In contrast to radio waves and visible light, higher-frequency waves of ultraviolet light and X-rays are unable to penetrate through the atmosphere, and it is necessary to go into orbit to observe them directly. NASA's Chandra satellite has provided an unprecedented view of the X-ray sky; future missions are planned that will inventory black holes throughout the universe, map out hot gas in clusters of galaxies, and image the innermost regions close to black holes themselves. Once we consider extremely high-energy gamma rays, however, the number of photons emitted by interesting sources becomes very small. The planned GLAST satellite will feature a large area telescope to collect as many gamma-ray photons as possible. Alternatively, we can take advantage of the fact that high-energy gamma rays give off a kind of secondary (Cerenkov) radiation when they collide with the atmosphere. This radiation can be detected, and from that we can reconstruct information about the original gamma rays; this technique has been successfully used at the Whipple observatory in Arizona, and is the basis for its successor, the VERITAS observatory.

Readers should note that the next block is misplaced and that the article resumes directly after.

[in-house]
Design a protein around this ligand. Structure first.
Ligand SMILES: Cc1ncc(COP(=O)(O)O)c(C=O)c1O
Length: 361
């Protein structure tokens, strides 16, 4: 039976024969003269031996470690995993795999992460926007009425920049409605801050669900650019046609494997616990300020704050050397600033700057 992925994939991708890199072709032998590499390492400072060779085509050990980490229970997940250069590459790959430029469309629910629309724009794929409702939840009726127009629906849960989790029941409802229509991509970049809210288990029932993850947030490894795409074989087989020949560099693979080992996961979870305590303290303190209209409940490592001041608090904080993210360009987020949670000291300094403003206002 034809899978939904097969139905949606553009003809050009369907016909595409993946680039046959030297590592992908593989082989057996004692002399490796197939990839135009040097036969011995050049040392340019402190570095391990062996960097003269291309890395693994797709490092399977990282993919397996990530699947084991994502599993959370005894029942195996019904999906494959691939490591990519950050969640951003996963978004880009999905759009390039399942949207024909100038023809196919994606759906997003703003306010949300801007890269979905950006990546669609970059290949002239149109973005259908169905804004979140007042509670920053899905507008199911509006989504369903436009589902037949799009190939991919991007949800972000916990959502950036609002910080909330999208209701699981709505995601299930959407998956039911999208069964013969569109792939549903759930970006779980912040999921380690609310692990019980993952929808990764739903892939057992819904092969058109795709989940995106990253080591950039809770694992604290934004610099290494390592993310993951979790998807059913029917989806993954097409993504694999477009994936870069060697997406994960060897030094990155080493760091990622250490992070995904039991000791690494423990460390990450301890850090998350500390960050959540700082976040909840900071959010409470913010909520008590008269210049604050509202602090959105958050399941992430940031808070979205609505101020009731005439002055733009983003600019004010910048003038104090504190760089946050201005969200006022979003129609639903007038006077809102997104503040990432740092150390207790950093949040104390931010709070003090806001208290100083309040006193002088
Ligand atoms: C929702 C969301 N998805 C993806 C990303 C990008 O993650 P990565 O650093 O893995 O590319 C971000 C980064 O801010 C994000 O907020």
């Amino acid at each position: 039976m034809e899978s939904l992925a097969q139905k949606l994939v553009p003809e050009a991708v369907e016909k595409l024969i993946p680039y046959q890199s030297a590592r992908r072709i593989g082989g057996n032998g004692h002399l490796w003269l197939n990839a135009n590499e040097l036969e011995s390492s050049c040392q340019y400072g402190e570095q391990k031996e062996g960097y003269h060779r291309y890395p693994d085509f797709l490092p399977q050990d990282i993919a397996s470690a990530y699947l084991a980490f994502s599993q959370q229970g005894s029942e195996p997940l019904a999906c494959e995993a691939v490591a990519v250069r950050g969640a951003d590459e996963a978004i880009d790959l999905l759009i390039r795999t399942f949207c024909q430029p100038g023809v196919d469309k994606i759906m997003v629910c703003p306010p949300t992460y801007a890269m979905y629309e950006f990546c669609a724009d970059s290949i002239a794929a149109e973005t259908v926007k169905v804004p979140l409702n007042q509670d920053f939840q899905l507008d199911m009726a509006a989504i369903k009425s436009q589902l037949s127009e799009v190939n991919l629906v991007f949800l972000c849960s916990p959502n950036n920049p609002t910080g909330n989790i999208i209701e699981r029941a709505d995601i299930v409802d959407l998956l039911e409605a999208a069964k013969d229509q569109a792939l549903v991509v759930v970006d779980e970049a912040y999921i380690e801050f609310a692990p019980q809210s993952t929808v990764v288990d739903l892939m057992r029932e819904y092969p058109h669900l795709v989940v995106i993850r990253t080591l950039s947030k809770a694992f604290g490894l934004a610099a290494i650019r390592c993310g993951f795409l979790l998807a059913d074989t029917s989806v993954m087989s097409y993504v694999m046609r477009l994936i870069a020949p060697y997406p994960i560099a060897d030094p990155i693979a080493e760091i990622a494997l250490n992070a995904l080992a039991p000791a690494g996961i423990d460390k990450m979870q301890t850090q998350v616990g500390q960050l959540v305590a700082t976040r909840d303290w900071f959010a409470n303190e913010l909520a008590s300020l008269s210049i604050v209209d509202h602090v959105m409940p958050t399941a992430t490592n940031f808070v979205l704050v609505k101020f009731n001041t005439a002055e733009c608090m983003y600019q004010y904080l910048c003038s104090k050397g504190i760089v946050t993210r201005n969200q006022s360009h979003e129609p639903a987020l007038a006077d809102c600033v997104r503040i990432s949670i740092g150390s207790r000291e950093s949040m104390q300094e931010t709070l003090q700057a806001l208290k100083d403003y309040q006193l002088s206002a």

As mentioned in the page on the luminous universe, photons are not the only means by which we can observe the universe. Other kinds of particles which we are able to observe include cosmic rays and neutrinos, with very different techniques applicable in either case. Cosmic rays, which are thought to be individual protons or atomic nuclei that have been accelerated to tremendous energies, are similar to very high-energy gamma rays, in that the number of particles is extremely low. But because the energy of each particle is so large, it is again possible to observe secondary effects when the cosmic rays interact with the atmosphere. The Pierre Auger observatory, which aims at understanding cosmic rays at the very highest energies, uses two complementary techniques: direct detection of Cerenkov radiation in an array of detectors on the ground, and observations of flashes in the atmosphere caused when secondary particles cause nitrogen to fluoresce.